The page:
Motorists in Fairfax County will pay 30 cents per kilowatt hour to charge their EVs. The county will additionally charge a $2 per hour fee, up to $25 per day, for people who keep their vehicles at the charging stations after the EVs' batteries are fully charged.  -  Photo: Pixabay

Motorists in Fairfax County will pay 30 cents per kilowatt hour to charge their EVs. The county will additionally charge a $2 per hour fee, up to $25 per day, for people who keep their vehicles at the charging stations after the EVs' batteries are fully charged.

Photo: Pixabay

Fairfax County, Virginia is opening its county-owned charging stations to members of the public. Electric vehicle (EV) owners can use the stations for a fee, after the Board of Supervisors unanimously approved the retail-fee schedule on August 2.

Drivers will pay 30 cents per kilowatt hour to charge their EVs, according to the resolution. The county will additionally charge a $2 per hour fee, up to $25 per day, for people who keep their vehicles at the charging stations after the EVs' batteries are fully charged. The county will use the ChargePoint app to notify drivers that their vehicle is fully charged. Drivers will then have a 10-minute grace period to move their vehicles before the additional fee kicks in. Drivers will use the app to pay the fees.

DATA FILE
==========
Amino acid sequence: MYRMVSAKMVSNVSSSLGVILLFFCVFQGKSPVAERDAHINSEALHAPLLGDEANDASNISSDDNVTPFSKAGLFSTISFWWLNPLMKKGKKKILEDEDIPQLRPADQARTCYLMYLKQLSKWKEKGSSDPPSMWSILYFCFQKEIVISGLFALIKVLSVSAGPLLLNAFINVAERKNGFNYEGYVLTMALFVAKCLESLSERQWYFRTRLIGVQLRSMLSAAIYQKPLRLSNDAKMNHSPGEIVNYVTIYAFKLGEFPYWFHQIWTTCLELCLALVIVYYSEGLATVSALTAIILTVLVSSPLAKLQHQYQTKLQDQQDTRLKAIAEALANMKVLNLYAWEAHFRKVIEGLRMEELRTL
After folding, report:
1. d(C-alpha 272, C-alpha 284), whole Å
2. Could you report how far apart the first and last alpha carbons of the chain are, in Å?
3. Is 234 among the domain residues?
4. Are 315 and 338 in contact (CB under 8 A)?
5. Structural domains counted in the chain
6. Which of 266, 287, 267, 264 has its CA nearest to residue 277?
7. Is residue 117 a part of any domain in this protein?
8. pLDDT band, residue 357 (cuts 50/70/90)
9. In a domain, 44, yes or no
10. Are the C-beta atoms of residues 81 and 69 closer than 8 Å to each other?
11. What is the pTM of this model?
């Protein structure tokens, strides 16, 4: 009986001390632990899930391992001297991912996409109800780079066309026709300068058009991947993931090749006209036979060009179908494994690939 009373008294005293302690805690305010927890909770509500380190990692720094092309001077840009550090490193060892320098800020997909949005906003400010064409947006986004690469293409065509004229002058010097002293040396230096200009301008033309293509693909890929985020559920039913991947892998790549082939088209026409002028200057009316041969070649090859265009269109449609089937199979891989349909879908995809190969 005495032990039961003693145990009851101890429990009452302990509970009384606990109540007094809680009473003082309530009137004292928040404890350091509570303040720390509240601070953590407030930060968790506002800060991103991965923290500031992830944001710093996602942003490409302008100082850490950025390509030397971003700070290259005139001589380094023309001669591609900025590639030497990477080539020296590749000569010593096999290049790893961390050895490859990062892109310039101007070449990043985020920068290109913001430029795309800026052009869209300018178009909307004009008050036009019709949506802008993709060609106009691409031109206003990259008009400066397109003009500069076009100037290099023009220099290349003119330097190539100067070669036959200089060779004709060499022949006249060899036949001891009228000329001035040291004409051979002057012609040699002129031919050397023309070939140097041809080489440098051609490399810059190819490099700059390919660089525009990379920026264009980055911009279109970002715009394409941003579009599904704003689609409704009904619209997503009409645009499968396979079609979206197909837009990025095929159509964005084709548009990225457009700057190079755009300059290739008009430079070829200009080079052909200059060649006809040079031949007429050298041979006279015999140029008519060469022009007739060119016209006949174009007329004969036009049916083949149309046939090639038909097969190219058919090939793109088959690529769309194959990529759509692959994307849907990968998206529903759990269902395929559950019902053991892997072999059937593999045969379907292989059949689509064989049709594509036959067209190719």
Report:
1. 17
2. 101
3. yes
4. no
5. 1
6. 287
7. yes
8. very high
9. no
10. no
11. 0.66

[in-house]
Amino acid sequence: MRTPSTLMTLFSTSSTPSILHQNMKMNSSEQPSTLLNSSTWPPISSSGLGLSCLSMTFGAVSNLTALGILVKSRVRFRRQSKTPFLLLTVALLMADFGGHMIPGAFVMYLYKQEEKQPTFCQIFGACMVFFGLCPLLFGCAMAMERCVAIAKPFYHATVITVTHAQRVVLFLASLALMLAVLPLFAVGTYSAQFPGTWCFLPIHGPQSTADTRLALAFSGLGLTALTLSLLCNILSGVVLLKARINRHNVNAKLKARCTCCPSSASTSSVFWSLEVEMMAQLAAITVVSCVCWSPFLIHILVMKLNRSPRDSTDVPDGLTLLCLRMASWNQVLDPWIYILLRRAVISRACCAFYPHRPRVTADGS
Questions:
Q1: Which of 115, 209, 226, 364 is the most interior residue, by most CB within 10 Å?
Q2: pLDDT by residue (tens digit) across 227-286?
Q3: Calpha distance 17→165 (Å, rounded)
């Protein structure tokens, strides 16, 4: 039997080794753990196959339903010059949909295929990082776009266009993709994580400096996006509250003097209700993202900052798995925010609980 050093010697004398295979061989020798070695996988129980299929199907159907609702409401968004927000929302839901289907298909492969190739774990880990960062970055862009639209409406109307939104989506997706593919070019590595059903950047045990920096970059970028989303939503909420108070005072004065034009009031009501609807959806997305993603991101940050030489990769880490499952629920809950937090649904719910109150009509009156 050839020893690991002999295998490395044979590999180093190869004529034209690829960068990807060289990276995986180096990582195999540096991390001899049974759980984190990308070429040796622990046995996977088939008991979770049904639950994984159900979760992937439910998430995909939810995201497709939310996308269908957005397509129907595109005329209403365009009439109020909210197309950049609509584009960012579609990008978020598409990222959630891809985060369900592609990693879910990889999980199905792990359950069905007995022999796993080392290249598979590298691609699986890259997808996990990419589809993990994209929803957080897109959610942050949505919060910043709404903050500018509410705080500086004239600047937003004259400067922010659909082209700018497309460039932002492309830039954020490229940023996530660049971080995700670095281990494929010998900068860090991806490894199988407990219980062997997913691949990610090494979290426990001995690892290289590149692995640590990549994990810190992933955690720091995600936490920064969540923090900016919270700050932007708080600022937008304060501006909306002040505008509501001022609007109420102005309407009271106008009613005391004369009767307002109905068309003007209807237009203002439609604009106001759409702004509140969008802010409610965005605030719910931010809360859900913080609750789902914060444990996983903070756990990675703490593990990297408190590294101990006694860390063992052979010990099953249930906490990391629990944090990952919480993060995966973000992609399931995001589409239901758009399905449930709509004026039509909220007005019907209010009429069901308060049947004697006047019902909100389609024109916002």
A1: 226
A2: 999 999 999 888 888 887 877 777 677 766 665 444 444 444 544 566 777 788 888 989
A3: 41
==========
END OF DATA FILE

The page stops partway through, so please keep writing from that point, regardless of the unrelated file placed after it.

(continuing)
The county uses ChargePoint Level 2 electric vehicle supply equipment (EVSE) at its government facilities. Level 2 chargers can fully charge most EVs in four to eight hours. More than 20 charging stations are installed at county facilities, with more scheduled for installation. The county will have a total of nearly 50 chargers installed by the end of this year, able to accomodate charging to more than 80 vehicles, according to the Sun Gazette. Stations located in restricted-access county-owned garages and lots that will be used primarily by county fleet vehicles will also be made available for use for a fee by county employees with access to the restricted garages and lots, so long as it does not affect the charging of fleet vehicles.

The 2021 update to the county's Operational Energy Strategy explained that the EVSE is intended to increase both charging availability for the community, as well as promote the widespread adoption of EVs.

When coming up with the fees for charger use, staff concluded that the most important considerations were the costs recovered by the fees, the user's ability to access and move the vehicle when charging is completed, and the competitiveness of the fees to other nearby EVSE. The rates were set to cover the program's variable costs, including the transaction fees from ChargePoint and the cost of electricity, the Sun Gazette reported. Any extra revenue brought in by the fees could be used to replace the stations as needed.

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